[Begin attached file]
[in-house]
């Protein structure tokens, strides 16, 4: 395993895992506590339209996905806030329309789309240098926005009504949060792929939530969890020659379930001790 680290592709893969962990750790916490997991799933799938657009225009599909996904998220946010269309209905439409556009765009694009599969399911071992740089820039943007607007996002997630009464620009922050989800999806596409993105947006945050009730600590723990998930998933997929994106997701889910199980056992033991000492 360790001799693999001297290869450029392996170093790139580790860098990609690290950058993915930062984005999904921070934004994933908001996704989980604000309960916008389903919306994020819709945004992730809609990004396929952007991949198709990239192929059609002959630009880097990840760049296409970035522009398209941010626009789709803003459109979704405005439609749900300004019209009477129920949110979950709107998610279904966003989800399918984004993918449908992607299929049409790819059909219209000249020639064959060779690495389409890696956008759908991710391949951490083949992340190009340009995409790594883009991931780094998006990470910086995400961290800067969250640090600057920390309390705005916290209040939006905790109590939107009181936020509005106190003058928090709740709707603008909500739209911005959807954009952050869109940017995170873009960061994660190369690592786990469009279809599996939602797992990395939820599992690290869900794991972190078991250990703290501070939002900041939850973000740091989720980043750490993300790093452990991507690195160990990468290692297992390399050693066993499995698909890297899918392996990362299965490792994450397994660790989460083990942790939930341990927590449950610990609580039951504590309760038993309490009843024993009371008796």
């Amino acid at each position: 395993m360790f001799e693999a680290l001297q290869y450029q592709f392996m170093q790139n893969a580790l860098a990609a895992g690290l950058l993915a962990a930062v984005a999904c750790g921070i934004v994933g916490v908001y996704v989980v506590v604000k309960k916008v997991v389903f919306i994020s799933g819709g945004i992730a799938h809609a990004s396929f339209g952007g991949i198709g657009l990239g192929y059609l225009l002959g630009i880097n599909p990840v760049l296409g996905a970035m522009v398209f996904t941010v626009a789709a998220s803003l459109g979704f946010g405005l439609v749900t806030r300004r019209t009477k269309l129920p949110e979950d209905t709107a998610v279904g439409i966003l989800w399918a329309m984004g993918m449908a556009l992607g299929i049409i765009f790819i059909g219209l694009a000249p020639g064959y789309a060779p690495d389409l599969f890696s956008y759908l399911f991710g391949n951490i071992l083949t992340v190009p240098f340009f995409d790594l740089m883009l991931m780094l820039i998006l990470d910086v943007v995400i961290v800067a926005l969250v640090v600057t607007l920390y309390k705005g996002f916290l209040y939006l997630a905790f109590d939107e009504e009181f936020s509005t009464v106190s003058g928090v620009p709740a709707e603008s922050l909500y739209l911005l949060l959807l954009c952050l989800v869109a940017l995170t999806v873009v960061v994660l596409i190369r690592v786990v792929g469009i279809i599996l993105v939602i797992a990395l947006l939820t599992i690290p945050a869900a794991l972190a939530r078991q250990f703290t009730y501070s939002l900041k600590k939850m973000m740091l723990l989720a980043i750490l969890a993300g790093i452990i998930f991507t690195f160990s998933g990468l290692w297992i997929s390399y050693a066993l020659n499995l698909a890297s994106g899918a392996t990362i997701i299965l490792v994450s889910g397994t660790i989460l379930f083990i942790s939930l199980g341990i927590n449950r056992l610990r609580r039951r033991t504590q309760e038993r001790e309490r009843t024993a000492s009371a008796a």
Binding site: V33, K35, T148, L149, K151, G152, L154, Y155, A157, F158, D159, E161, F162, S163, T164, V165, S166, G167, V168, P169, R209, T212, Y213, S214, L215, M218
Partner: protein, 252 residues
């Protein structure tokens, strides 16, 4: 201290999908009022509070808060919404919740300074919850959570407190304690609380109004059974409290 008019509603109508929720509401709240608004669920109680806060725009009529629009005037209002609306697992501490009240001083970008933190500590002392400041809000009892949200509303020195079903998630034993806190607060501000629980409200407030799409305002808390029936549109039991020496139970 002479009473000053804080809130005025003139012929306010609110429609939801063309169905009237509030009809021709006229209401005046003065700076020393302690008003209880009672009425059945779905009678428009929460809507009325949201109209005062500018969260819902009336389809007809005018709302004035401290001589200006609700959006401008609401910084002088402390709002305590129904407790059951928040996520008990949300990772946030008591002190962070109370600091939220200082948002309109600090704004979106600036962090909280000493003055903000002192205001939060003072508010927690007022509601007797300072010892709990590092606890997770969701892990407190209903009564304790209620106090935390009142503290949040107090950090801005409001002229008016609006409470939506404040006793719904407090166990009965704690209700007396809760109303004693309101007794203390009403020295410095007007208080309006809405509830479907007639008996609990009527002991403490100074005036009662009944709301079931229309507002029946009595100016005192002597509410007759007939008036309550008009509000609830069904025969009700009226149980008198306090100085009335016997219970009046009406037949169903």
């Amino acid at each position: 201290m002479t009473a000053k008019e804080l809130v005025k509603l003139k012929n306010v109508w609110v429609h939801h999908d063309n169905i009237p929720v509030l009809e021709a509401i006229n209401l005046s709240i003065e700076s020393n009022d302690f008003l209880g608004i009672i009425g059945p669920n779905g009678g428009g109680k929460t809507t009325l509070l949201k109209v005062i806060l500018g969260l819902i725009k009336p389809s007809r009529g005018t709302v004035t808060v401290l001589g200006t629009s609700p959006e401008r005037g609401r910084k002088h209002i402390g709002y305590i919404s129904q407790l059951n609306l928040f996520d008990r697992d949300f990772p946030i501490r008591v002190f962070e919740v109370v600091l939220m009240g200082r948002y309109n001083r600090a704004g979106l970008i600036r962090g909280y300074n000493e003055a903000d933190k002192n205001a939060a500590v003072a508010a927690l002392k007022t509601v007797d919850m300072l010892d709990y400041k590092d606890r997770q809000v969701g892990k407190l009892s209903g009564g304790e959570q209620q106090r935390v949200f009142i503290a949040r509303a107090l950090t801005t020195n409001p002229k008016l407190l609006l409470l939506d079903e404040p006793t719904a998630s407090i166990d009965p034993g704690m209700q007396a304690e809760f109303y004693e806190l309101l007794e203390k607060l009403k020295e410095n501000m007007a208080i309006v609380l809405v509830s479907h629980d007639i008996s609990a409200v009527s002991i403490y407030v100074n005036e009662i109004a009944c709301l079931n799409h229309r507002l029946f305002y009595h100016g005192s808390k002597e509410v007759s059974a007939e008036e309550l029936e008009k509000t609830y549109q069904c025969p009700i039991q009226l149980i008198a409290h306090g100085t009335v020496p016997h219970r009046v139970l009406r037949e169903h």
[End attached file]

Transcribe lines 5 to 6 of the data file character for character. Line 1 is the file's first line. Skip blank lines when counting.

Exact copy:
Partner: protein, 252 residues
């Protein structure tokens, strides 16, 4: 201290999908009022509070808060919404919740300074919850959570407190304690609380109004059974409290 008019509603109508929720509401709240608004669920109680806060725009009529629009005037209002609306697992501490009240001083970008933190500590002392400041809000009892949200509303020195079903998630034993806190607060501000629980409200407030799409305002808390029936549109039991020496139970 002479009473000053804080809130005025003139012929306010609110429609939801063309169905009237509030009809021709006229209401005046003065700076020393302690008003209880009672009425059945779905009678428009929460809507009325949201109209005062500018969260819902009336389809007809005018709302004035401290001589200006609700959006401008609401910084002088402390709002305590129904407790059951928040996520008990949300990772946030008591002190962070109370600091939220200082948002309109600090704004979106600036962090909280000493003055903000002192205001939060003072508010927690007022509601007797300072010892709990590092606890997770969701892990407190209903009564304790209620106090935390009142503290949040107090950090801005409001002229008016609006409470939506404040006793719904407090166990009965704690209700007396809760109303004693309101007794203390009403020295410095007007208080309006809405509830479907007639008996609990009527002991403490100074005036009662009944709301079931229309507002029946009595100016005192002597509410007759007939008036309550008009509000609830069904025969009700009226149980008198306090100085009335016997219970009046009406037949169903």